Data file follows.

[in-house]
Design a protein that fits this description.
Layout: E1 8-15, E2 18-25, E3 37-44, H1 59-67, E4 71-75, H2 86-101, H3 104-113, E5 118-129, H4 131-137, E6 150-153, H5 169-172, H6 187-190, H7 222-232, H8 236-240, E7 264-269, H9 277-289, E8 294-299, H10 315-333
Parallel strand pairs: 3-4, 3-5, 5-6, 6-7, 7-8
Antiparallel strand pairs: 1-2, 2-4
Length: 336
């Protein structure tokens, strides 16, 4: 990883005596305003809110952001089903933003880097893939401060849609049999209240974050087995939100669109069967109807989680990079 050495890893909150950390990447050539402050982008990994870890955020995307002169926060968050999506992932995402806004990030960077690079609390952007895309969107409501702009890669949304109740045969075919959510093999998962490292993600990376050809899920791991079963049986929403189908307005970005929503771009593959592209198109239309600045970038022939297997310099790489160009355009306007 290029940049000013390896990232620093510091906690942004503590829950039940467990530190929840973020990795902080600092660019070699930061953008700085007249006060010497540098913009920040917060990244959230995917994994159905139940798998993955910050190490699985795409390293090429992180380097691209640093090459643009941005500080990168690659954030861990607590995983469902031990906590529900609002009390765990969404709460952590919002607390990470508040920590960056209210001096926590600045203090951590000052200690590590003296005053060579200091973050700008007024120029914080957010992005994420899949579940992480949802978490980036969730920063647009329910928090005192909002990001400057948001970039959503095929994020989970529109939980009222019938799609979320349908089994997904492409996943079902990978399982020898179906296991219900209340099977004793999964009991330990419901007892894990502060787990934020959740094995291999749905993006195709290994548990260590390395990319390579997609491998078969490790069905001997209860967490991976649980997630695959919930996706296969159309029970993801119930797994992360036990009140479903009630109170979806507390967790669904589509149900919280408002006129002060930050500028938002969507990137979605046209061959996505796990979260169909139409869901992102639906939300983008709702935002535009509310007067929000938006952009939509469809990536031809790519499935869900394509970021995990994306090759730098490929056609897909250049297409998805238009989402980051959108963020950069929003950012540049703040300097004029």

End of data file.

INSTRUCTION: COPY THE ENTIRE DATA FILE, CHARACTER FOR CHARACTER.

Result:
[in-house]
Design a protein that fits this description.
Layout: E1 8-15, E2 18-25, E3 37-44, H1 59-67, E4 71-75, H2 86-101, H3 104-113, E5 118-129, H4 131-137, E6 150-153, H5 169-172, H6 187-190, H7 222-232, H8 236-240, E7 264-269, H9 277-289, E8 294-299, H10 315-333
Parallel strand pairs: 3-4, 3-5, 5-6, 6-7, 7-8
Antiparallel strand pairs: 1-2, 2-4
Length: 336
């Protein structure tokens, strides 16, 4: 990883005596305003809110952001089903933003880097893939401060849609049999209240974050087995939100669109069967109807989680990079 050495890893909150950390990447050539402050982008990994870890955020995307002169926060968050999506992932995402806004990030960077690079609390952007895309969107409501702009890669949304109740045969075919959510093999998962490292993600990376050809899920791991079963049986929403189908307005970005929503771009593959592209198109239309600045970038022939297997310099790489160009355009306007 290029940049000013390896990232620093510091906690942004503590829950039940467990530190929840973020990795902080600092660019070699930061953008700085007249006060010497540098913009920040917060990244959230995917994994159905139940798998993955910050190490699985795409390293090429992180380097691209640093090459643009941005500080990168690659954030861990607590995983469902031990906590529900609002009390765990969404709460952590919002607390990470508040920590960056209210001096926590600045203090951590000052200690590590003296005053060579200091973050700008007024120029914080957010992005994420899949579940992480949802978490980036969730920063647009329910928090005192909002990001400057948001970039959503095929994020989970529109939980009222019938799609979320349908089994997904492409996943079902990978399982020898179906296991219900209340099977004793999964009991330990419901007892894990502060787990934020959740094995291999749905993006195709290994548990260590390395990319390579997609491998078969490790069905001997209860967490991976649980997630695959919930996706296969159309029970993801119930797994992360036990009140479903009630109170979806507390967790669904589509149900919280408002006129002060930050500028938002969507990137979605046209061959996505796990979260169909139409869901992102639906939300983008709702935002535009509310007067929000938006952009939509469809990536031809790519499935869900394509970021995990994306090759730098490929056609897909250049297409998805238009989402980051959108963020950069929003950012540049703040300097004029």